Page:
See the introduction to section 14 (p. 43).
Some Important Gospel Principles to Look For
Church History in the Fulness of Times: Religion 341–43, pp. 56–58.
Doctrine and Covenants Student Manual: Religion 324–325, p. 31.
Suggestions for Teaching
Doctrine and Covenants 15:4–6; 16:4–6. Declaring repentance can help God’s children return to Him.
Write the following sentence on the board, leaving the first word blank: “Repentance is a great blessing, but you should never make yourself sick just so you can try out the remedy” (M. Russell Ballard, in Conference Report, Oct. 1990, 46; or Ensign, Nov. 1990, 36). Invite students to supply the missing word, and write it in the blank. Ask: Why is this message important for people today?
Have students read Doctrine and Covenants 15:6 and identify what the Lord said is of most worth to us. Share the following statement by Elder Orson F. Whitney, who was a member of the Quorum of the Twelve:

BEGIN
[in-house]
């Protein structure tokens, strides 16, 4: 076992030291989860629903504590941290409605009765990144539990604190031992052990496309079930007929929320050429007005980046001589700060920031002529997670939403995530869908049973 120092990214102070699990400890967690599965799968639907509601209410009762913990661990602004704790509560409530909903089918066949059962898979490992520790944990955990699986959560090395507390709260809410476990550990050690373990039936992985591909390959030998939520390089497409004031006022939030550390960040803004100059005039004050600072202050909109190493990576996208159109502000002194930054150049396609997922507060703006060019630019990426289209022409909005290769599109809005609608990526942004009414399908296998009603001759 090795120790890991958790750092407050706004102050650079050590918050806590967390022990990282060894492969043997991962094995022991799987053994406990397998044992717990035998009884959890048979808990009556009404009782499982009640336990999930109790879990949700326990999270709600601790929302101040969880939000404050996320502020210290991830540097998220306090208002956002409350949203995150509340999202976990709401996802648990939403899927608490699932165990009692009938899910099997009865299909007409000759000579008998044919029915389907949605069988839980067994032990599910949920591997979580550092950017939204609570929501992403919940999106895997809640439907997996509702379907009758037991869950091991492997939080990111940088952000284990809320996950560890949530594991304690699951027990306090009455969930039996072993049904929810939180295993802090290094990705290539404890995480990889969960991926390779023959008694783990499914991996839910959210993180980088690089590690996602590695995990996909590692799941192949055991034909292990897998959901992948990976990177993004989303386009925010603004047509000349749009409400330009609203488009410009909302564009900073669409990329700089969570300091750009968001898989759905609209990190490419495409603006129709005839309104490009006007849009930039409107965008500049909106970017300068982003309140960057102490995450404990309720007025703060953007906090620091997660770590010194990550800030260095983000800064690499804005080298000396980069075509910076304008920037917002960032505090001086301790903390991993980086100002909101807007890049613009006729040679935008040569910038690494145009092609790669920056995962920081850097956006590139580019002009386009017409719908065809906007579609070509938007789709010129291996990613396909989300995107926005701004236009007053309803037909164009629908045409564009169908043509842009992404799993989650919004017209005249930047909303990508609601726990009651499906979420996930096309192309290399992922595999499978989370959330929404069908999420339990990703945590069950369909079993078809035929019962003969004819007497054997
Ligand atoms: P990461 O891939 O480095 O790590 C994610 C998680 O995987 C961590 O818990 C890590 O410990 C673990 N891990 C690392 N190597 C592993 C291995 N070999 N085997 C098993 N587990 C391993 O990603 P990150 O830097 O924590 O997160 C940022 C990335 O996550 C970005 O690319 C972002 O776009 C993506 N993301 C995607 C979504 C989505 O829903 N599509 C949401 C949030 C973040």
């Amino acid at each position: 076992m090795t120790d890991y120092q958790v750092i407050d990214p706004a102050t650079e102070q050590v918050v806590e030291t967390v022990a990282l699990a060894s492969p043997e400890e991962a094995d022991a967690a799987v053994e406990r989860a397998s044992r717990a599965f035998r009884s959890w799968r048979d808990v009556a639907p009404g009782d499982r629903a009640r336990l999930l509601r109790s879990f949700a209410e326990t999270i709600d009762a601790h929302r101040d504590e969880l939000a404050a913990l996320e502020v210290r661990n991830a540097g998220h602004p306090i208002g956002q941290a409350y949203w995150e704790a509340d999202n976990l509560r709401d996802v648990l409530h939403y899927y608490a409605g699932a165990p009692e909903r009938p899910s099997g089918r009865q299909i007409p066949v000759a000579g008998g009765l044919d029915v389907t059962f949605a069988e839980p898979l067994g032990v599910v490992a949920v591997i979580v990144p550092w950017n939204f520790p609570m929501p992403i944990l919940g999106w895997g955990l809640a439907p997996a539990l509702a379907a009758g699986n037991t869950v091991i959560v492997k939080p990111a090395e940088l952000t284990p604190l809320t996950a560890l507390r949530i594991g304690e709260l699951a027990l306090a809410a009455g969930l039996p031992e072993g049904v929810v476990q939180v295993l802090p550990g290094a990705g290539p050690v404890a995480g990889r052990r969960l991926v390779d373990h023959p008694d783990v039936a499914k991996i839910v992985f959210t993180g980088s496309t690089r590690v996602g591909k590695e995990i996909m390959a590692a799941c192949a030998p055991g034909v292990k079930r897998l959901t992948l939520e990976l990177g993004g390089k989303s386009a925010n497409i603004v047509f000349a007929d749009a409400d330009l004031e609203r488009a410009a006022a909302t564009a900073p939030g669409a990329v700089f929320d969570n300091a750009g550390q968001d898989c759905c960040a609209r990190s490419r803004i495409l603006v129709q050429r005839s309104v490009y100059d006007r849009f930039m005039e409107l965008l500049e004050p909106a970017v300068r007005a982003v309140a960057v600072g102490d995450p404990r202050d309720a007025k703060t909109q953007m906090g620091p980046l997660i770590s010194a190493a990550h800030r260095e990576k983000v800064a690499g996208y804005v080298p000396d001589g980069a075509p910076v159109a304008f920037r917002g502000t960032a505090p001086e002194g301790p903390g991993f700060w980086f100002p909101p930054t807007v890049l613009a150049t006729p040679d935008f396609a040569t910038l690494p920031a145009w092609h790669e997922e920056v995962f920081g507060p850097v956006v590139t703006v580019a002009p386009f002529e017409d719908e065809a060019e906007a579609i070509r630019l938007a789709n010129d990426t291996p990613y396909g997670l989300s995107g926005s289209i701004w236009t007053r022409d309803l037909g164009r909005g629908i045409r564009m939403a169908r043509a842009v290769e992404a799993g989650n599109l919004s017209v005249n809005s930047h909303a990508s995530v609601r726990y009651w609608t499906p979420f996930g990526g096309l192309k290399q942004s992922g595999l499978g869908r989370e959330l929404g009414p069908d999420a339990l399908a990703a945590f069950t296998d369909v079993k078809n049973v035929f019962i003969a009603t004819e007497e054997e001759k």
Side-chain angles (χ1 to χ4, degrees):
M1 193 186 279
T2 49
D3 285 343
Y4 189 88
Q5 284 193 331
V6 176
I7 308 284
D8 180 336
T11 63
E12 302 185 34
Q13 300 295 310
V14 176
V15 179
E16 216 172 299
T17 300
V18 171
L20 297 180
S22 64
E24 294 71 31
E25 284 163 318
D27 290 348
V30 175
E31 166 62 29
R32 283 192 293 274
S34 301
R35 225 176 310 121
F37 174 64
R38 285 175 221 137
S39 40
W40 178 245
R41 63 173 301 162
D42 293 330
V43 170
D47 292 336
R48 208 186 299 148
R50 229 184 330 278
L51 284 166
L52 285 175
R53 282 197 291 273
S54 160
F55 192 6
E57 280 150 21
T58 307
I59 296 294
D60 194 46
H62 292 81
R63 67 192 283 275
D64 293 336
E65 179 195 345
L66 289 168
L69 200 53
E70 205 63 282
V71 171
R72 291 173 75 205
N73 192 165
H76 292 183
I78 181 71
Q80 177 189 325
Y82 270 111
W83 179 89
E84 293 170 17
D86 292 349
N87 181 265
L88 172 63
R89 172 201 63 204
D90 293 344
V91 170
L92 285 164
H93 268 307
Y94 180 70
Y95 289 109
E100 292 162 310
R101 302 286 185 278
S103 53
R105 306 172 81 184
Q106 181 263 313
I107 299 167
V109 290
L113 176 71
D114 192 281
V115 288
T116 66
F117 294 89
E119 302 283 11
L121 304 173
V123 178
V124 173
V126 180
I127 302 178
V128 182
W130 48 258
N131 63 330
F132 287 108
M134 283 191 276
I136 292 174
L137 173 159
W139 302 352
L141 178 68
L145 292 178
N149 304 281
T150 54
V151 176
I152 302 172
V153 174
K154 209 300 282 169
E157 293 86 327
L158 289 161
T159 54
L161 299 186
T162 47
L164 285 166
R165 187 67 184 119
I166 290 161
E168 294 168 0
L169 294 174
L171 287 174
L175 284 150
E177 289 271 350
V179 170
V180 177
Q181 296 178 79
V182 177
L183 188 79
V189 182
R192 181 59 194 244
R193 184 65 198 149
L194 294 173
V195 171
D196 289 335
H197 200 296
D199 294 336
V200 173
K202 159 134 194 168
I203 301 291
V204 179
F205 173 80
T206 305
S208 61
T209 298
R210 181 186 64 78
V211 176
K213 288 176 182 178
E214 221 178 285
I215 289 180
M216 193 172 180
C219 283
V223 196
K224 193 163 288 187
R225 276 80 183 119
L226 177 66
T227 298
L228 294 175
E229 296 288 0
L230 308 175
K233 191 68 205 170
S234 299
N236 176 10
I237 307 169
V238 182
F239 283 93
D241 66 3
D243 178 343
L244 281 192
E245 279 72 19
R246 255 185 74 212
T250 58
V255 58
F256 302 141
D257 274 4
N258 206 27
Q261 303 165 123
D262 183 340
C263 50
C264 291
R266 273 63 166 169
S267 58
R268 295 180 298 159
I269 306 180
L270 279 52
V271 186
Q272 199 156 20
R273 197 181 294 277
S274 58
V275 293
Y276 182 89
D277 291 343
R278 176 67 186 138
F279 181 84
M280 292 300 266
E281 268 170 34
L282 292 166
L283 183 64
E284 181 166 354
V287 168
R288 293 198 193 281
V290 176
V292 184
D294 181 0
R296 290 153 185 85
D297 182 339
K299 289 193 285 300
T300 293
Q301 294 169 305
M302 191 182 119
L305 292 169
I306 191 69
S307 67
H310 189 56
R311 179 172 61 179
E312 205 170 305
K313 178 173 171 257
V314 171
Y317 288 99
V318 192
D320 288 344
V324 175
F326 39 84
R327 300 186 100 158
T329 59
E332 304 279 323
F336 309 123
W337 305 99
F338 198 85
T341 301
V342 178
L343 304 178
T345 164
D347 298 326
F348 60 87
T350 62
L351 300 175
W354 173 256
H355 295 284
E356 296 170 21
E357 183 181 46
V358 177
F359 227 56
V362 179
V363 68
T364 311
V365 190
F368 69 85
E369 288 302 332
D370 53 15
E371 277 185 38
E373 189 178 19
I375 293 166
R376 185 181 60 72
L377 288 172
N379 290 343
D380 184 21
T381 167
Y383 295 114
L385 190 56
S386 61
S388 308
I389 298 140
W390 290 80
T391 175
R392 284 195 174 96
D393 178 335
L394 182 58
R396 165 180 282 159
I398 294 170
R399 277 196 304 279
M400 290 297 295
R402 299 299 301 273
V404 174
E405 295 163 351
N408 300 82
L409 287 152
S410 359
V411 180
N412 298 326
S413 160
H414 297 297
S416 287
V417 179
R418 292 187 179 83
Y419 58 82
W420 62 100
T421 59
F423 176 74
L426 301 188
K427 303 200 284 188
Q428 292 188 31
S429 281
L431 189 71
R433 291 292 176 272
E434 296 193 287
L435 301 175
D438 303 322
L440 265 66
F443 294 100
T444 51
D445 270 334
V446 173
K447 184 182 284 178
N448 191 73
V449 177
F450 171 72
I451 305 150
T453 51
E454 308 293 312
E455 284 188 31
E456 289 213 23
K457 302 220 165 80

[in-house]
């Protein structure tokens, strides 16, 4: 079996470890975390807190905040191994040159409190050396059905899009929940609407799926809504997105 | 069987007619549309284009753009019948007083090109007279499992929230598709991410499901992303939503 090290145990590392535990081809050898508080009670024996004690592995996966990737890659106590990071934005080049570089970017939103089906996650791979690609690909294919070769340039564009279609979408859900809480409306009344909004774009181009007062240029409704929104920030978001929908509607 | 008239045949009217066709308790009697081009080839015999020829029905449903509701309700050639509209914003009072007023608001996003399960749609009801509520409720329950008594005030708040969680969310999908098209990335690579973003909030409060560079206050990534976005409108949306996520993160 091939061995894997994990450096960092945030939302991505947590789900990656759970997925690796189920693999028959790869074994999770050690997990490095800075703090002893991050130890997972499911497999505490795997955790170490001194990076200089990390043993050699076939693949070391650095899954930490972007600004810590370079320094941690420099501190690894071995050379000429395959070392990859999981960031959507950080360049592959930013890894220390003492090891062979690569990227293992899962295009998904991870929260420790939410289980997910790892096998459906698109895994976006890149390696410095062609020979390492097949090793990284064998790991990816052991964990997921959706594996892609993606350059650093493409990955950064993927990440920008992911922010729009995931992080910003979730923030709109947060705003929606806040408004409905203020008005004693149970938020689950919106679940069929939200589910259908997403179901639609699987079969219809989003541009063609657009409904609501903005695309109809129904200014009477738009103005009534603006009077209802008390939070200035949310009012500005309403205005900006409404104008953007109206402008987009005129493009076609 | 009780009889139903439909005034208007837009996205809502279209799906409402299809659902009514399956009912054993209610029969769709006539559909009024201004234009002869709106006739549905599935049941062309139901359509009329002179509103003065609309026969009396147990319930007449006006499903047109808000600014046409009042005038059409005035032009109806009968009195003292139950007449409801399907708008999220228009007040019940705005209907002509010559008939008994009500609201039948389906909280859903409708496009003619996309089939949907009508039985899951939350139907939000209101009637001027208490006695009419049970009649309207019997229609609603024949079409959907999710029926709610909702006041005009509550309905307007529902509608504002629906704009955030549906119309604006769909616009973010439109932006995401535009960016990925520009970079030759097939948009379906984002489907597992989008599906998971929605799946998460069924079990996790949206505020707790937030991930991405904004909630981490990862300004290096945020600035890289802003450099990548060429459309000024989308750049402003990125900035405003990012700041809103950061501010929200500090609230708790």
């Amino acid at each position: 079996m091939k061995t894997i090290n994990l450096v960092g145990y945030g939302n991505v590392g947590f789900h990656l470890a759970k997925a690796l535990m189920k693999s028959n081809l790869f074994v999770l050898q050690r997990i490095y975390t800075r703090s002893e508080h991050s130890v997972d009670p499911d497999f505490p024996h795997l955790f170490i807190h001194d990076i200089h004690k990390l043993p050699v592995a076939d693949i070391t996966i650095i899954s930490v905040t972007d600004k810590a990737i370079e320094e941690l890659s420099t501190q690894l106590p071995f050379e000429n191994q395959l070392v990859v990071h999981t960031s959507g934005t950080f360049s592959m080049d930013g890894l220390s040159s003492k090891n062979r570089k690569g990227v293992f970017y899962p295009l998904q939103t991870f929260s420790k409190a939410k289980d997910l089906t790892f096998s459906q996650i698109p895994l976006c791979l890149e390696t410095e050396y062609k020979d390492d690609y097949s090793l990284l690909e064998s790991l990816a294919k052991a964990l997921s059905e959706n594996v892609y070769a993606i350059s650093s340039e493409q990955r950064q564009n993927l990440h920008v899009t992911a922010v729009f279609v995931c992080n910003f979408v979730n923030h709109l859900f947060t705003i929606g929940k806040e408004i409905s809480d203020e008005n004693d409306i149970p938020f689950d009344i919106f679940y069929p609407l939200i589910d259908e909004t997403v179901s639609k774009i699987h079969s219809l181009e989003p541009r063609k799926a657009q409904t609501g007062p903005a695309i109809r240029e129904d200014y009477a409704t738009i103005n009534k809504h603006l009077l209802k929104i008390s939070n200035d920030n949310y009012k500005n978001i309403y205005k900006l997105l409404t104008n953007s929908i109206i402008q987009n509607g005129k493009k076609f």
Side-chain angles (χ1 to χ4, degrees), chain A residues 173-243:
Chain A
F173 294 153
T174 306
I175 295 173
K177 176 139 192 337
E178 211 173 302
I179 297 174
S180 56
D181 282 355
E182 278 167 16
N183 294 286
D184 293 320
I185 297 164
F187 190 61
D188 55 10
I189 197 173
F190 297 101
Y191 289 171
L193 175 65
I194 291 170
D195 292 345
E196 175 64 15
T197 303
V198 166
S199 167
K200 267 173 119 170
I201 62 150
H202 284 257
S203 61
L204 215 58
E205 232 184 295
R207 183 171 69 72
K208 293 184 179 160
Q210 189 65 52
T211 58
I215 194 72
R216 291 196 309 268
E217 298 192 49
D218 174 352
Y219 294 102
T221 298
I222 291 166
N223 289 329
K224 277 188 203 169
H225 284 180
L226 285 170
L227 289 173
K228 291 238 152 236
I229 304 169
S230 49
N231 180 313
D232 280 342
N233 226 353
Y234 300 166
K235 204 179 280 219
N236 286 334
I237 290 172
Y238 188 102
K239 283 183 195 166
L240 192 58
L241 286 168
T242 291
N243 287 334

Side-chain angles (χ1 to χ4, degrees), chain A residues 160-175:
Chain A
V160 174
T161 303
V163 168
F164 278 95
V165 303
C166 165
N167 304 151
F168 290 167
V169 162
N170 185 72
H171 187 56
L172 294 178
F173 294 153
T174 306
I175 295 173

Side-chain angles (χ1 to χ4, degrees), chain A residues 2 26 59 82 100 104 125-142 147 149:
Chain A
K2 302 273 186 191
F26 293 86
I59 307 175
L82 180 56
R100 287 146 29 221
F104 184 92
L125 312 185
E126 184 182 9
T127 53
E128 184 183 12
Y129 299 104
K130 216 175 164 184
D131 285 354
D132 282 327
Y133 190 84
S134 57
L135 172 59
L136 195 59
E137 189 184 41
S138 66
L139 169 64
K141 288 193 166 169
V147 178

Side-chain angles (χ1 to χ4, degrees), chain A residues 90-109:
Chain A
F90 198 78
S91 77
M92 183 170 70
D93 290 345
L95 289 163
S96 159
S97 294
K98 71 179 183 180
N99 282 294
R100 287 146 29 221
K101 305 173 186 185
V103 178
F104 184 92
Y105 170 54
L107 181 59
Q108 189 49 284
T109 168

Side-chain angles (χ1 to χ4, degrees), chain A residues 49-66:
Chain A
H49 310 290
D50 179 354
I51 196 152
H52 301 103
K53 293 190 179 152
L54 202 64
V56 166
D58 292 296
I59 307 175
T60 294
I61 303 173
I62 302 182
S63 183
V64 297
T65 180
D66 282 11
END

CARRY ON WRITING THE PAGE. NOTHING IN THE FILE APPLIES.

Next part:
“The obligation of saving souls rests upon every man and woman in this Church … and they cannot get out from under this responsibility on the plea that it belongs only to such and such persons. Did not the Lord say … , ‘Behold, it is a day of warning, and not of many words: Therefore, let every soul that is warned, warn its neighbor?’” (in Conference Report, Oct. 1913, 99; see D&C 63:58; 88:81).
Have students read Doctrine and Covenants 15–16 and discuss the following questions:
Why do you think preaching repentance is so important?
Who has the responsibility to preach repentance?
What can we learn of this revelation from the fact that the Lord used the same words twice?
What blessing is promised to those who “declare repentance”? (v. 6).
Read Alma 29:1–2, 9–10. What additional blessings come from declaring repentance?